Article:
Retired FBI agents confirm that the militant Silver Dollar Group was suspected in some of the most heinous crimes in the mid-1960s in Adams County and Concordia Parish, including the murder of Ferriday shoe shop owner Frank Morris in December 1964.
This small group of violent Ku Klux Klansmen is also believed to be responsible for the murder of Wharlest Jackson in February 1967 and the attempted murder of George Metcalfe in August 1965 in Adams County in the months after Morris' death.
Another victim may have been Joe "Joe-Ed" Edwards, a porter at the Shamrock Motel in Vidalia who went missing in July 1964 and hasn't been seen since.
It was during a morning discussion over coffee at the Shamrock cafe in the fall of 1964 that Klansmen formed the Silver Dollar Group, made up of men who were bent on violence, according to author Don Whitehead in his 1970 book, "Attack on Terror: The FBI Against the Ku Klux Klan in Mississippi." Each man carried a silver dollar minted in the year he was born as a token of group membership.
The group's number may have once totaled 20, but a handful of these men may have been psychopaths with no second thoughts about harming or killing a man and never feeling a moment of remorse about it. For a four-year period -- from 1964 through 1967 -- these serial killers kidnapped men last seen walking along the highways, fire bombed homes, churches and cars, and killed.
In Adams County, Wharlest Jackson and George Metcalfe had three things in common -- both worked at Armstrong Tire, both were leaders in the Natchez NAACP Chapter and both were victims of car bombs.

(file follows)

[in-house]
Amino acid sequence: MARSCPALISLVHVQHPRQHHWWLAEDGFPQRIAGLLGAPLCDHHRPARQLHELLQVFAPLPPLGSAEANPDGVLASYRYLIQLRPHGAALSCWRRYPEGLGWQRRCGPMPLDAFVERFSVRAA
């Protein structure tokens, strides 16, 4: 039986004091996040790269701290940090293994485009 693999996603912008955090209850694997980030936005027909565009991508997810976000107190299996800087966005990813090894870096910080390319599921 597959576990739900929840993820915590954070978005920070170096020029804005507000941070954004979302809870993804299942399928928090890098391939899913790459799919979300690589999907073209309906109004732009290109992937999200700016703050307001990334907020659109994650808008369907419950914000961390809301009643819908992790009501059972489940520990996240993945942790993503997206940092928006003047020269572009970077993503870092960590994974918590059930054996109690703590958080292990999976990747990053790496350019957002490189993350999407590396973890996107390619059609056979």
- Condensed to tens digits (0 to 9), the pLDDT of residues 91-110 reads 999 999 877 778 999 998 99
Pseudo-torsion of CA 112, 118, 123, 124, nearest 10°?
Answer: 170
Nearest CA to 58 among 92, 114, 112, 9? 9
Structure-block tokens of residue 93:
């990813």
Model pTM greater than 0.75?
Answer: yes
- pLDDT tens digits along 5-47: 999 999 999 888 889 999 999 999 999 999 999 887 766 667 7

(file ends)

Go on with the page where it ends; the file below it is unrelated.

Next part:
A retired FBI agent said some of the most violent Klansmen either worked or were associated with men who were employed at Armstrong.
Metcalfe, 53, housed some of the first Civil Rights workers to visit Natchez in 1964, and actively promoted Civil Rights. This drew the ire of the Klan.
According to John Dittmer in "Local People: The Struggle for Civil Rights in Mississippi," in late January 1965 "someone fired a shot through the window of his (Metcalfe's) house. Throughout that summer he received numerous threatening phone calls and was harassed at work....On August 27, as the early shift at Armstrong let out, Metcalfe climbed into his car in the plant parking lot and turned on the ignition. The resulting explosion demolished Metcalfe's car and damaged several vehicles nearby."
Metcalfe was hospitalized for weeks, "suffering from a fractured arm and leg, lacerations, and a serious eye injury."
Wharlest Jackson was treasurer of the NAACP in Natchez. In 1967, he accepted a position at Armstrong Tire previously held by white men.
On Feb. 27, 1967, not far from the plant along Minor Street, his pickup exploded, killing Jackson. The FBI found that the car bomb was similar to the one that had seriously injured Metcalfe 18 months earlier.
Some members of the Silver Dollar Group occasionally held family outings and picnics -- some in Concordia Parish -- to refine their bombing skills. Michael and Judy Ann Newton write that these events "were combined with demolition seminars, including practice on the fine technique of wiring dynamite to the ignition of a car."